ATLANTA — The recount is over in the close Atlanta mayoral election runoff and the result remains the same, with Keisha Lance Bottoms appearing to be headed for the mayor’s office. Her opponent is still not conceding, however, saying Thursday she is still concerned about potential irregularities in the voting.
Mary Norwood requested Thursday’s recount after initial certified vote totals showed her losing the race to Bottoms by 832 votes, a margin of less than one percent.
The bitterly contested Dec. 5 runoff campaign between the two city council members was marked by political grudges and allegations of corruption, and less than 20 percent of the city’s roughly 500,000 residents turned out to vote.
If Bottoms’ lead holds through any further challenges by Norwood, she will be Atlanta’s sixth consecutive black mayor since Maynard Jackson was elected in 1973. An upset by Norwood would give the city its first white mayor in more than 40 years and its first-ever white, female mayor.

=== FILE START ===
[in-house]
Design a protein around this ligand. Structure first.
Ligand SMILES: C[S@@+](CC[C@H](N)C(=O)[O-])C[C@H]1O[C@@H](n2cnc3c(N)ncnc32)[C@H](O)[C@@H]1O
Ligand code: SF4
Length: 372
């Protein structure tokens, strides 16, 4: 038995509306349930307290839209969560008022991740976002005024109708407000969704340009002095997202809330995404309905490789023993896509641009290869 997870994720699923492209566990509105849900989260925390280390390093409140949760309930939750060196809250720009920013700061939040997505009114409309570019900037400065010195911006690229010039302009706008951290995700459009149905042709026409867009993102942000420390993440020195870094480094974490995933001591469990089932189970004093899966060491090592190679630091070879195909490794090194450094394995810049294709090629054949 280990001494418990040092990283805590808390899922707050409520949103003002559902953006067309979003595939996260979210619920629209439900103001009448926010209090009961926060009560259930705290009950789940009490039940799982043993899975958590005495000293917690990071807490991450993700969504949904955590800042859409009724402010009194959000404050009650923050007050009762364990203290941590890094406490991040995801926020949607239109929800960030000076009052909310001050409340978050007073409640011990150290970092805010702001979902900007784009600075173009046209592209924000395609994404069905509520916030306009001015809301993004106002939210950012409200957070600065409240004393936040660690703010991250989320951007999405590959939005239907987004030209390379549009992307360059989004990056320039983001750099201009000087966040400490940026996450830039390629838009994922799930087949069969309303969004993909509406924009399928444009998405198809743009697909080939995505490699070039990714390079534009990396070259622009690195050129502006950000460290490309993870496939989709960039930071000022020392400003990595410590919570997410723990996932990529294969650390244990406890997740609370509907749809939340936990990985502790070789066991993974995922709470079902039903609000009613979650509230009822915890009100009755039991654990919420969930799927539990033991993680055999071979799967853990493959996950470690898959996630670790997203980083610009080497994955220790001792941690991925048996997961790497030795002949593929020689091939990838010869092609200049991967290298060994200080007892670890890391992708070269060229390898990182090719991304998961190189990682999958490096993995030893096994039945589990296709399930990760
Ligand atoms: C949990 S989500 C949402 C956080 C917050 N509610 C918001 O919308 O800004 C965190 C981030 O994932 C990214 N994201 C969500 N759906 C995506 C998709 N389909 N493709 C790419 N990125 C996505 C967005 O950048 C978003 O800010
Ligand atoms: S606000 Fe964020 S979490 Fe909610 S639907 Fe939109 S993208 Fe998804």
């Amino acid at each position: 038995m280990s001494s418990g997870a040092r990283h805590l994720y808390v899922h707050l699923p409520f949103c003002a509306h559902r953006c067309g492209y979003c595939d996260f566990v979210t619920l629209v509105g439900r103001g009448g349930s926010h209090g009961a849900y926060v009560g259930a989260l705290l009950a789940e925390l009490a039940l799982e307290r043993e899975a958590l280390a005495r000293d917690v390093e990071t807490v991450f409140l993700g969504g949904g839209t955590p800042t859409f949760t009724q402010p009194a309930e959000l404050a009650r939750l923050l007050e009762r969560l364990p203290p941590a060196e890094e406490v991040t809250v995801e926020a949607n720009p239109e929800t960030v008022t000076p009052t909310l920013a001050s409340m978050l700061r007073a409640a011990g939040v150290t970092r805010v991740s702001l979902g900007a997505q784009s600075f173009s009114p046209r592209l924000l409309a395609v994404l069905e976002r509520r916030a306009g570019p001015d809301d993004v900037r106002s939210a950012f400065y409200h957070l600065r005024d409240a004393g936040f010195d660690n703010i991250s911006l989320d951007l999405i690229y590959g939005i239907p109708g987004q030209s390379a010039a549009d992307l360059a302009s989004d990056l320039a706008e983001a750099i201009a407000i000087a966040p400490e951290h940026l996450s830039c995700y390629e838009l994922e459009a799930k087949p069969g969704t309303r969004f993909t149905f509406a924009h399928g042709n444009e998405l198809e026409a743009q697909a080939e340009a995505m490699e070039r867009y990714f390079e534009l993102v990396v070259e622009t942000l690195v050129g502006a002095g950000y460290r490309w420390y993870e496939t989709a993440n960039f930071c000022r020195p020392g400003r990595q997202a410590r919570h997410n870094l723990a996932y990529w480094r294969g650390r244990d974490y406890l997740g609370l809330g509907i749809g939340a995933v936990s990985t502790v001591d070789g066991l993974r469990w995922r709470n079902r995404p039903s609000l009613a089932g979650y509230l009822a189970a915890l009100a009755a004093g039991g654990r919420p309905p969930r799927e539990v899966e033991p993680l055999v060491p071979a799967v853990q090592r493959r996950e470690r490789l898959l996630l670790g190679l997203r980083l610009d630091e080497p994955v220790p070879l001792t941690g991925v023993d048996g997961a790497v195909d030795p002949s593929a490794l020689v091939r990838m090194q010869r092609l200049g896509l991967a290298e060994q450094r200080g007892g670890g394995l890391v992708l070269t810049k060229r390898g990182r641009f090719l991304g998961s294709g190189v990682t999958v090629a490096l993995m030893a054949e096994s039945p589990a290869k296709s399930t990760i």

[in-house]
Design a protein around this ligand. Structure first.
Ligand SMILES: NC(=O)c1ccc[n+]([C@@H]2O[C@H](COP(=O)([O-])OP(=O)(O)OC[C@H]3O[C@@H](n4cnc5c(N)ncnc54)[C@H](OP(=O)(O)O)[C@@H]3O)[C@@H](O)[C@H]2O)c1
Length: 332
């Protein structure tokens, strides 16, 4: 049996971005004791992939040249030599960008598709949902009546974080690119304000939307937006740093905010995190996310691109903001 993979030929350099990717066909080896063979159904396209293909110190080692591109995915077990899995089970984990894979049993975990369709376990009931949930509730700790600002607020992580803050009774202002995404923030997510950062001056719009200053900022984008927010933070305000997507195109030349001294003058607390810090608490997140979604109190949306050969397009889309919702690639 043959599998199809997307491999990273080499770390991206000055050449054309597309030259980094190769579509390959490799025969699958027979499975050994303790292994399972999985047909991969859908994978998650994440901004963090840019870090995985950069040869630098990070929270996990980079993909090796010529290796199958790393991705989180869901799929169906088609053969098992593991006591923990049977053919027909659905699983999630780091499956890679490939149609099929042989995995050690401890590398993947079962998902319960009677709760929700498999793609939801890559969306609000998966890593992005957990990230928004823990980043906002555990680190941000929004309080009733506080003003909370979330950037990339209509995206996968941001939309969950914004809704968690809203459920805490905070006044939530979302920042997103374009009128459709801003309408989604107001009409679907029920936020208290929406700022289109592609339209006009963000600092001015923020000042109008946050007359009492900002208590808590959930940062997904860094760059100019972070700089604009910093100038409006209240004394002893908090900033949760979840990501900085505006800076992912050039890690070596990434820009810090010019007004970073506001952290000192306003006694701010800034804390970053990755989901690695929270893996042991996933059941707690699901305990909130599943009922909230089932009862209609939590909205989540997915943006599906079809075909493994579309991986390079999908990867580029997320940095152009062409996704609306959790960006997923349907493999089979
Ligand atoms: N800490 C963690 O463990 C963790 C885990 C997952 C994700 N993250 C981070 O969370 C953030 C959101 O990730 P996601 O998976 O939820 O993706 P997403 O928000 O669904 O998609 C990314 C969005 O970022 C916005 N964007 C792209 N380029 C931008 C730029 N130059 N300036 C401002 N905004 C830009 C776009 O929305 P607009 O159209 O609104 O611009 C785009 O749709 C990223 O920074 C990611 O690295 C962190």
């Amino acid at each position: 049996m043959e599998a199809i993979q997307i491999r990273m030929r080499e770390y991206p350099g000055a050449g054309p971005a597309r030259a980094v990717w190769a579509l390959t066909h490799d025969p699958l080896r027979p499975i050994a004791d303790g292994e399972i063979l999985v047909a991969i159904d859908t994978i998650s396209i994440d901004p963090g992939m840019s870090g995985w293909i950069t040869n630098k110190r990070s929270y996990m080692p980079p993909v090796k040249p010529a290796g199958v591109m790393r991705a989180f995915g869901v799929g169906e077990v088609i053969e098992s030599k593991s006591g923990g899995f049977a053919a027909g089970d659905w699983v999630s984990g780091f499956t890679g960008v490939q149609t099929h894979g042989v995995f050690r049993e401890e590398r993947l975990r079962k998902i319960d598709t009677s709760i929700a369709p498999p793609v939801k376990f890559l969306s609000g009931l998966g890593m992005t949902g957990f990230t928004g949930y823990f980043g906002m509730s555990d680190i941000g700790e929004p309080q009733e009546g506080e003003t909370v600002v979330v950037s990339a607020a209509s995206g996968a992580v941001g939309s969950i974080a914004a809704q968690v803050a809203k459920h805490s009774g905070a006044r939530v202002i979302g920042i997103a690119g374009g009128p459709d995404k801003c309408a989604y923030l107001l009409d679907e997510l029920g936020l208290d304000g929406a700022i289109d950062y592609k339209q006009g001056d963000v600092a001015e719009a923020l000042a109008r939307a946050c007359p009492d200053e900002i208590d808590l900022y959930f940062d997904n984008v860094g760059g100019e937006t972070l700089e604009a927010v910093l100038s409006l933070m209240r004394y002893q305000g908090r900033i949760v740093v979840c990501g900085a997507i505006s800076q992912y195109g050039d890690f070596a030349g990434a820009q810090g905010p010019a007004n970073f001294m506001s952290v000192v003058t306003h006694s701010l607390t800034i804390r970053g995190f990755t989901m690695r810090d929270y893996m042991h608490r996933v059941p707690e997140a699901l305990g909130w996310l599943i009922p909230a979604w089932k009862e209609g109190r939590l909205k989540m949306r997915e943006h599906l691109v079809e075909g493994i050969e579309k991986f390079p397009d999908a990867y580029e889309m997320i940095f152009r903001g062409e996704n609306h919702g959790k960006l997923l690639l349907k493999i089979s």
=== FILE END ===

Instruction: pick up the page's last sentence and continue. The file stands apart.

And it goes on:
The totals after the recount show Bottoms with 46,661 votes, or 50.44 percent, and Norwood with 45,840 votes, or 49.56 percent. The 821-vote margin that separates them is still less than one percent of the 92,501 total votes cast.
Norwood picked up five votes and Bottoms lost six in Fulton County. The discrepancies came in paper absentee ballots that were submitted by mail and county elections director Richard Barron said it’s not unusual to see slight changes in paper ballot totals when they’re scanned again. Barron said election officials plan to certify the recount results Saturday. Results in DeKalb County remained the same and, therefore, do not need to be certified again.
Norwood complained election officials in Fulton County did not re-count paper ballots by hand as she had requested. She said they instead simply re-counted electronically, and rescanned paper absentee and provisional ballots.
“We conducted the recount as prescribed by law,” Barron said. “That’s what we’re required to do and that’s what we did.”